Senate Republicans Will Have to Answer for Trump Admin’s Failure to Heed Repeated “Ominous, Classified Warnings” From Intelligence Agencies

Washington Post Report: “U.S. Intelligence Reports From January And February Warned About A Likely Pandemic”

Yet another report — this time from the Washington Post — has exposed the fact that while U.S. intelligence agencies “were issuing ominous, classified warnings in January and February about the global danger posed by the coronavirus,” President Donald Trump and Republicans in Washington “played down the threat and failed to take action that might have slowed the spread” of the virus. Despite a constant flow of intelligence updates on the dire situation in other countries, “Trump continued publicly and privately to play down the threat the virus posed to Americans.”

According to the Washington Post’s reporting, part of the problem was that the president trusted assurances from China over information from American intelligence agencies.

“Every Senate Republican will have to answer for the Trump administration’s failure to heed repeated ‘ominous, classified’ intelligence warnings about the threat of the coronavirus throughout January and February — as consequences crush our public health system and our economy,” said DSCC spokesperson Lauren Passalacqua. “There’s a reason why the United States was not adequately ready to stop this pandemic threat: Republicans in Washington gutted preparedness efforts to respond to outbreaks like this, then dismissed the alarm bells, downplayed the risks to the public, and now refuse to hold the president accountable.”

Washington Post: U.S. intelligence reports from January and February warned about a likely pandemic

By Shane Harris, Greg Miller, Josh Dawsey and Ellen Nakashima 

March 20, 2020

Key Points: 

  • U.S. intelligence agencies were issuing ominous, classified warnings in January and February about the global danger posed by the coronavirus while President Trump and lawmakers played down the threat and failed to take action that might have slowed the spread of the pathogen, according to U.S. officials familiar with spy agency reporting.
  • Taken together, the reports and warnings painted an early picture of a virus that showed the characteristics of a globe-encircling pandemic that could require governments to take swift actions to contain it. But despite that constant flow of reporting, Trump continued publicly and privately to play down the threat the virus posed to Americans. Lawmakers, too, did not grapple with the virus in earnest until this month, as officials scrambled to keep citizens in their homes and hospitals braced for a surge in patients suffering from covid-19, the disease caused by the coronavirus.
  • Intelligence agencies “have been warning on this since January,” said a U.S. official who had access to intelligence reporting that was disseminated to members of Congress and their staffs as well as to officials in the Trump administration, and who, along with others, spoke on the condition of anonymity to describe sensitive information.
  • “Donald Trump may not have been expecting this, but a lot of other people in the government were — they just couldn’t get him to do anything about it,” this official said. “The system was blinking red.”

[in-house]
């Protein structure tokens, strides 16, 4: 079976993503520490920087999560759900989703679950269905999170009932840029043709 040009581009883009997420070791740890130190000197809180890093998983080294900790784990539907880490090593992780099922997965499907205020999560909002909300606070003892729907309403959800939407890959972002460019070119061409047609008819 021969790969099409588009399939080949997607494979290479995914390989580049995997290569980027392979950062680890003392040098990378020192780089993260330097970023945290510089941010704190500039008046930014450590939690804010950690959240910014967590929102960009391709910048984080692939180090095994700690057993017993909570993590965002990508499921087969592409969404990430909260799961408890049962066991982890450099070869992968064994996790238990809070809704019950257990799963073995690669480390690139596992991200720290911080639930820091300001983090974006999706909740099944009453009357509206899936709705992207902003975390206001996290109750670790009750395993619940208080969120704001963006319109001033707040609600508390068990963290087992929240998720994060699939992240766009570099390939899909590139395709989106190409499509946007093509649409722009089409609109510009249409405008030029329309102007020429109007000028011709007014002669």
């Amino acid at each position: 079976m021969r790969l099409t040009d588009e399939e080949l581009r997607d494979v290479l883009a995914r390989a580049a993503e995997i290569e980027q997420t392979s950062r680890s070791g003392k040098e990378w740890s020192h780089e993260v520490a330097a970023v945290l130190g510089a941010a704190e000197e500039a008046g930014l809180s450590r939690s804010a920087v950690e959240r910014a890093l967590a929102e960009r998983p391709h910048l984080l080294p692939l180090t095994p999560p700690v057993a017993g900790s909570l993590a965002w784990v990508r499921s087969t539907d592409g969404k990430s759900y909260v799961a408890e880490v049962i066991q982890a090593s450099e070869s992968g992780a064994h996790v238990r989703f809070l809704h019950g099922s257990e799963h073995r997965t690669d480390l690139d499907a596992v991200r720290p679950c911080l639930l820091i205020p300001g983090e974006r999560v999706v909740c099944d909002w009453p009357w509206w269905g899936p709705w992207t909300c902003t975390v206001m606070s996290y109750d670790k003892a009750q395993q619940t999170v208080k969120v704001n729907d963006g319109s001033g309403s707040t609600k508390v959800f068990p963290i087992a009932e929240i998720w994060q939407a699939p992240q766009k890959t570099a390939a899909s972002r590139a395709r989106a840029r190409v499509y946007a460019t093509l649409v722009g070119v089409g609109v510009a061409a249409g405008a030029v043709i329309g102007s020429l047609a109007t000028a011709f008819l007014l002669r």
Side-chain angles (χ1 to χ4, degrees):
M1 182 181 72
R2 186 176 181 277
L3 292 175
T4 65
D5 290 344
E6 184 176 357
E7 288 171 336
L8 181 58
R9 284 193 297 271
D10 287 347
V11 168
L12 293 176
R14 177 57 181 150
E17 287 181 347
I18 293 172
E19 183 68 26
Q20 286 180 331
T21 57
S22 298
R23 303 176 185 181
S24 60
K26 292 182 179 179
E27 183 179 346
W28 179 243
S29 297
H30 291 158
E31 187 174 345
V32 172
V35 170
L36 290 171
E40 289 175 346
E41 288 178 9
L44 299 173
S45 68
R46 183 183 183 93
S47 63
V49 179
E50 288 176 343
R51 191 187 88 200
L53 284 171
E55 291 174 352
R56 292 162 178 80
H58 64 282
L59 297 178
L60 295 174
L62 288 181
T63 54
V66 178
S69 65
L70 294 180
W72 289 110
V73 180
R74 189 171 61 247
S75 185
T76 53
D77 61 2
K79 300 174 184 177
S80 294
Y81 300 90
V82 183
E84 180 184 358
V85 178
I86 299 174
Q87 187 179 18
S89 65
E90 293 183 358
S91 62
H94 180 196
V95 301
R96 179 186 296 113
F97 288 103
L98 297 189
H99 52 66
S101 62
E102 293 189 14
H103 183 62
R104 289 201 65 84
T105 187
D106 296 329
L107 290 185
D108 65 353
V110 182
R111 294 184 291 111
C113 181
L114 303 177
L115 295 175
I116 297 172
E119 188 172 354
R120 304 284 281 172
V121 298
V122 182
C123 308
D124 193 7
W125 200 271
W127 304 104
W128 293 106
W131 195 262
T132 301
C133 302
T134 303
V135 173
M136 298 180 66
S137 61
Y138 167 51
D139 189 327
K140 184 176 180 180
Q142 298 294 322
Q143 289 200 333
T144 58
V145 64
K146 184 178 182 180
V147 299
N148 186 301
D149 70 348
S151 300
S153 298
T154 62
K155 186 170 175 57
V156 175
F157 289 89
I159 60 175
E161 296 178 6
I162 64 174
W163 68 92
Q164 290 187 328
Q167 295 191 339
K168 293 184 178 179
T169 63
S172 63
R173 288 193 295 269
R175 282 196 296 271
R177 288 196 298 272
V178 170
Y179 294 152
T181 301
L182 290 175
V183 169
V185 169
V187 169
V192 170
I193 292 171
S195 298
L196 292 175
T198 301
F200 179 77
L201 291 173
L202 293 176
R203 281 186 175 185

• The warnings from U.S. intelligence agencies increased in volume toward the end of January and into early February, said officials familiar with the reports. By then, a majority of the intelligence reporting included in daily briefing papers and digests from the Office of the Director of National Intelligence and the CIA was about covid-19, said officials who have read the reports.
  • The surge in warnings coincided with a move by Sen. Richard Burr (R-N.C.) to sell dozens of stocks worth between $628,033 and $1.72 million. As chairman of the Senate Intelligence Committee, Burr was privy to virtually all of the highly classified reporting on the coronavirus.
  • Inside the White House, Trump’s advisers struggled to get him to take the virus seriously, according to multiple officials with knowledge of meetings among those advisers and with the president.
  • Azar couldn’t get through to Trump to speak with him about the virus until Jan. 18, according to two senior administration officials. When he reached Trump by phone, the president interjected to ask about vaping and when flavored vaping products would be back on the market, the senior administration officials said.
  • In early briefings, however, officials said Trump was dismissive because he did not believe that the virus had spread widely throughout the United States.
  • Trump’s insistence on the contrary seemed to rest in his relationship with China’s President Xi Jingping, whom Trump believed was providing him with reliable information about how the virus was spreading in China, despite reports from intelligence agencies that Chinese officials were not being candid about the true scale of the crisis.
  • Some of Trump’s advisers told him that Beijing was not providing accurate numbers of people who were infected or who had died, according to administration officials. Rather than press China to be more forthcoming, Trump publicly praised its response.
  • Trump eventually changed his tone after being shown statistical models about the spread of the virus from other countries and hearing directly from Deborah Birx, the coordinator of the White House coronavirus task force, as well as from chief executives last week rattled by a plunge in the stock market, said people ­familiar with Trump’s conversations.
  • But by then, the signs pointing to a major outbreak in the United States were everywhere.

Read the full story.

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